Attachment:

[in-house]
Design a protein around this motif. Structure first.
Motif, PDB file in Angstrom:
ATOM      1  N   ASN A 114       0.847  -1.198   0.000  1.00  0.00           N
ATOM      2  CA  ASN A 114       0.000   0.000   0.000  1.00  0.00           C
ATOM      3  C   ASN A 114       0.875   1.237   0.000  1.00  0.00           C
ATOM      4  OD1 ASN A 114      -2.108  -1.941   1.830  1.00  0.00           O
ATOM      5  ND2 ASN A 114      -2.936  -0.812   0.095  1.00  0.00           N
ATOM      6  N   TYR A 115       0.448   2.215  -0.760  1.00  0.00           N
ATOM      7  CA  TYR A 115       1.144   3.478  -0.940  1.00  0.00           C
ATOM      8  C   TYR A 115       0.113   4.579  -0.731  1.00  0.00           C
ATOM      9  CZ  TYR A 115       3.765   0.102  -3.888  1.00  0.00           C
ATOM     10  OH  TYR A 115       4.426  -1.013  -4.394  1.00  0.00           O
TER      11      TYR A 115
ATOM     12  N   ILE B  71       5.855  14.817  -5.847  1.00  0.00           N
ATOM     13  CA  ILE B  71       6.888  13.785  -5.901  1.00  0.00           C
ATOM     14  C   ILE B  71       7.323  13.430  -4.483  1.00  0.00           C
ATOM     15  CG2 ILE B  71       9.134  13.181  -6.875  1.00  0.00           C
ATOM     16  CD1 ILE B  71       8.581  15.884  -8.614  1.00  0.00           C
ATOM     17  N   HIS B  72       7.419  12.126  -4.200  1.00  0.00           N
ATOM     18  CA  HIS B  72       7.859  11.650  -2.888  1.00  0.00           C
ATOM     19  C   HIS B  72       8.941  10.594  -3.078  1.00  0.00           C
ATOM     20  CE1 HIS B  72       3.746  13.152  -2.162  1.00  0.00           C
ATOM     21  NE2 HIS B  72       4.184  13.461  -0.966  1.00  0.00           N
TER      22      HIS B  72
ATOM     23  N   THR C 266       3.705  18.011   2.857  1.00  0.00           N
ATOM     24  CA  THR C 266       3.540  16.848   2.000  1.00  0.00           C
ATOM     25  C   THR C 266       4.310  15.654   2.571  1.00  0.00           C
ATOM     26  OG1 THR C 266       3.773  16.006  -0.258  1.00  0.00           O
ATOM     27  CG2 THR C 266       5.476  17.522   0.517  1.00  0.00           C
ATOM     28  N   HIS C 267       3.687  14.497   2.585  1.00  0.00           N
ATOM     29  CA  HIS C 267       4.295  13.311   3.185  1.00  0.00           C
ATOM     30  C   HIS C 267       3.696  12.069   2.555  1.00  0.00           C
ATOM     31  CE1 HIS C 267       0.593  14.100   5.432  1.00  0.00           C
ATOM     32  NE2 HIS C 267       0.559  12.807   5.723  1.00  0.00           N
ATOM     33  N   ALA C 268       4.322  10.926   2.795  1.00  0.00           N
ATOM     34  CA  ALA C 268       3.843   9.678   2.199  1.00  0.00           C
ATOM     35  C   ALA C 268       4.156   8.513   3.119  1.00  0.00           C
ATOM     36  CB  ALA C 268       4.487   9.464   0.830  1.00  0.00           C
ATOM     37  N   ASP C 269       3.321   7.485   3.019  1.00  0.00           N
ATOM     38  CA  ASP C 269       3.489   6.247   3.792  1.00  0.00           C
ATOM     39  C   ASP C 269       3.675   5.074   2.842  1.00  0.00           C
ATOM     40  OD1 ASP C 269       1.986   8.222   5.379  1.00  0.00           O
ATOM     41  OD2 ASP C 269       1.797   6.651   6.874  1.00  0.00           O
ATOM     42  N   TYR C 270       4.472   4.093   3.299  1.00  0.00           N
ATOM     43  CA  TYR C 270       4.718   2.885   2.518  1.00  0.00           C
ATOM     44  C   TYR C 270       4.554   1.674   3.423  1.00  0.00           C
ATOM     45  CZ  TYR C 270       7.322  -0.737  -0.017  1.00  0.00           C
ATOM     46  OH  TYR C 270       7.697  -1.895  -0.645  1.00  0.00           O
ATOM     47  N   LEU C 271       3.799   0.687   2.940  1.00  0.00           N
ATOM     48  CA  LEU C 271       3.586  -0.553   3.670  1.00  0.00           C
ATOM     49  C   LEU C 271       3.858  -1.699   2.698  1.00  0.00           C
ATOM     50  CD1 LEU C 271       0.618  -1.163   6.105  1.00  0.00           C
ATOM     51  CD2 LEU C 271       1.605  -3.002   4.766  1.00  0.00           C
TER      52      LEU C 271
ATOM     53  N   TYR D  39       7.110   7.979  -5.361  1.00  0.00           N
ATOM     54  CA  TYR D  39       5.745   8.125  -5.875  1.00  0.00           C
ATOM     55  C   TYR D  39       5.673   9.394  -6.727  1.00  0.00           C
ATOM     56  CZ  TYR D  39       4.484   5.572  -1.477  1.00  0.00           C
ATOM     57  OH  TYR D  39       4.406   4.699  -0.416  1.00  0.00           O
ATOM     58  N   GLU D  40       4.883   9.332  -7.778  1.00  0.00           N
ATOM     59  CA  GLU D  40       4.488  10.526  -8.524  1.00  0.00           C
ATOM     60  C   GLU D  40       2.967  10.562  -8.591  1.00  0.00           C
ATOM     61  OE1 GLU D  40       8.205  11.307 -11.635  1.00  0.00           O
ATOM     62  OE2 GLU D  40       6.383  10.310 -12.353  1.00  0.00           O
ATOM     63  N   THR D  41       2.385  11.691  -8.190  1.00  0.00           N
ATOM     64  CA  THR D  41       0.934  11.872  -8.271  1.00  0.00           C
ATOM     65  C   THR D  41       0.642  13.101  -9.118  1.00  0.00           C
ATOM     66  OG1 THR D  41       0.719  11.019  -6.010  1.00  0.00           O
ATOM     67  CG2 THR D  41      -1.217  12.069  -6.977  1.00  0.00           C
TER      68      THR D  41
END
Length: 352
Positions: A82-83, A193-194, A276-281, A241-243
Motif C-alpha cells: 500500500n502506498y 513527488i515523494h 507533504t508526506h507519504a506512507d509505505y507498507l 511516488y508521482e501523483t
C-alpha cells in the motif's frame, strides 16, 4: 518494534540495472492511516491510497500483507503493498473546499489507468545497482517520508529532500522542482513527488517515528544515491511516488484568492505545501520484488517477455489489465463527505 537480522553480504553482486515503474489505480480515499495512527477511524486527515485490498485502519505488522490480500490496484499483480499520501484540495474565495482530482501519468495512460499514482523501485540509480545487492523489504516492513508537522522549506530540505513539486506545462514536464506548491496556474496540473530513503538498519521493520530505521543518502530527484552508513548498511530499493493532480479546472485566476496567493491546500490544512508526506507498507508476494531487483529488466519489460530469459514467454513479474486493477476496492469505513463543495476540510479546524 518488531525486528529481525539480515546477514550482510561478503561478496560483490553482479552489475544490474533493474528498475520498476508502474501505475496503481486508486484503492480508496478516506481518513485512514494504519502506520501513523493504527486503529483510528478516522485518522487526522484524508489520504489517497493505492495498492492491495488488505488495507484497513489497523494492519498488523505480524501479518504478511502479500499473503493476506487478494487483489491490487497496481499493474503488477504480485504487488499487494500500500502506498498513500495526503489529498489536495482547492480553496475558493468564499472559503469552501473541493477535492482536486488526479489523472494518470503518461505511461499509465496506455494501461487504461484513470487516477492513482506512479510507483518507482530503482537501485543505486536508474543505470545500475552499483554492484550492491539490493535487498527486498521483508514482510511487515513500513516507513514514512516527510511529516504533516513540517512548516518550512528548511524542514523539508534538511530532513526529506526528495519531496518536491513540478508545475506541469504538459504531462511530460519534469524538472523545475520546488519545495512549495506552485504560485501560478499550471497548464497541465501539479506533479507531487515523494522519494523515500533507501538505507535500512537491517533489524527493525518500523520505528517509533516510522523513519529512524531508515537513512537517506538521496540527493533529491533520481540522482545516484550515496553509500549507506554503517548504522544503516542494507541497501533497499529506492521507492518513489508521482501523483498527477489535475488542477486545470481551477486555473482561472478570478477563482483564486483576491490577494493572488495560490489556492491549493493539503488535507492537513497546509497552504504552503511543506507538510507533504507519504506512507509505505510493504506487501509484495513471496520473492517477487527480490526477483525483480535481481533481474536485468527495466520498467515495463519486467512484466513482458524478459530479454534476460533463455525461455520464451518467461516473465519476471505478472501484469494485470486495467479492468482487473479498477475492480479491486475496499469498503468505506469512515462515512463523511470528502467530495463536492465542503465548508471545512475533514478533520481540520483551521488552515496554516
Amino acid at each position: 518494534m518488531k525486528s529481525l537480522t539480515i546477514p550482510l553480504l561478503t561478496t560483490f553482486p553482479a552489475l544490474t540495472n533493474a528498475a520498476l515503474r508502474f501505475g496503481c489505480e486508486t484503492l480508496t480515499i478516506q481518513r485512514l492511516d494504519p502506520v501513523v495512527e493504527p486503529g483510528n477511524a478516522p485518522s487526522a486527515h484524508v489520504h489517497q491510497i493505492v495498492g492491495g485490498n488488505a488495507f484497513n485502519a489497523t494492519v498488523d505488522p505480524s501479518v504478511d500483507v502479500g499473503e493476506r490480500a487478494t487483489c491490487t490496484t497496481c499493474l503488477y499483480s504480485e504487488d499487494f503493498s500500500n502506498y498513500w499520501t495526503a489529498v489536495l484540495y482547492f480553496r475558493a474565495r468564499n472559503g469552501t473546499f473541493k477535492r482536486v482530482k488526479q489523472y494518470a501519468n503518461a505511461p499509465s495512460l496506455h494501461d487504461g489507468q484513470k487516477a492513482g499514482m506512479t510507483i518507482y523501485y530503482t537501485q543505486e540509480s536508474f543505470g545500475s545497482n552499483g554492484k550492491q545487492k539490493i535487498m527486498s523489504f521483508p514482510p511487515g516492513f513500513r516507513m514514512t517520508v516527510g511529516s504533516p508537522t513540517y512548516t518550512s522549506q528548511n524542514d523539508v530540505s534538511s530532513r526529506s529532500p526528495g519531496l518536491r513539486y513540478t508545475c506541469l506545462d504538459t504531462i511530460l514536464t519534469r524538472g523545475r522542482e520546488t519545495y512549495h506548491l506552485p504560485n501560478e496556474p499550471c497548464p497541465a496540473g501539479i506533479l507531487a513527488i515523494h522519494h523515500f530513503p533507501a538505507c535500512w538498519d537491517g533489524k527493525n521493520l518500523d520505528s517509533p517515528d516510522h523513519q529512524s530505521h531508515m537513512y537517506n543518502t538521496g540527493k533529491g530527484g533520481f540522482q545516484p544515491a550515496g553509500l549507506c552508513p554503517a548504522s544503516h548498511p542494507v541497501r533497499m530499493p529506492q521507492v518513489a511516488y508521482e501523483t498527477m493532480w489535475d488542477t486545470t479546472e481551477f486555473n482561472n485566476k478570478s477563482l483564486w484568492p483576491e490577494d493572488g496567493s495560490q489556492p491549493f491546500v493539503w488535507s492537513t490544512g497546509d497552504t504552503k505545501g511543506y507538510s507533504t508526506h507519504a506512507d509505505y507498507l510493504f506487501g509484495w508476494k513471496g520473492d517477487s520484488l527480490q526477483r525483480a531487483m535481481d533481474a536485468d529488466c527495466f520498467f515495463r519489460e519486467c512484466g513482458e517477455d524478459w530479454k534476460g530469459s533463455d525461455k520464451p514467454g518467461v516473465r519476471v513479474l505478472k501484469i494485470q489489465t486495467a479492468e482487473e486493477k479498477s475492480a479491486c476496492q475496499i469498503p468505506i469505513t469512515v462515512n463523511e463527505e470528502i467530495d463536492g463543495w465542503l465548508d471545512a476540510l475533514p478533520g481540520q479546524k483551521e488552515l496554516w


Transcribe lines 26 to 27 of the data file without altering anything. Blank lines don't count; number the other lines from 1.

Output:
ATOM     23  N   THR C 266       3.705  18.011   2.857  1.00  0.00           N
ATOM     24  CA  THR C 266       3.540  16.848   2.000  1.00  0.00           C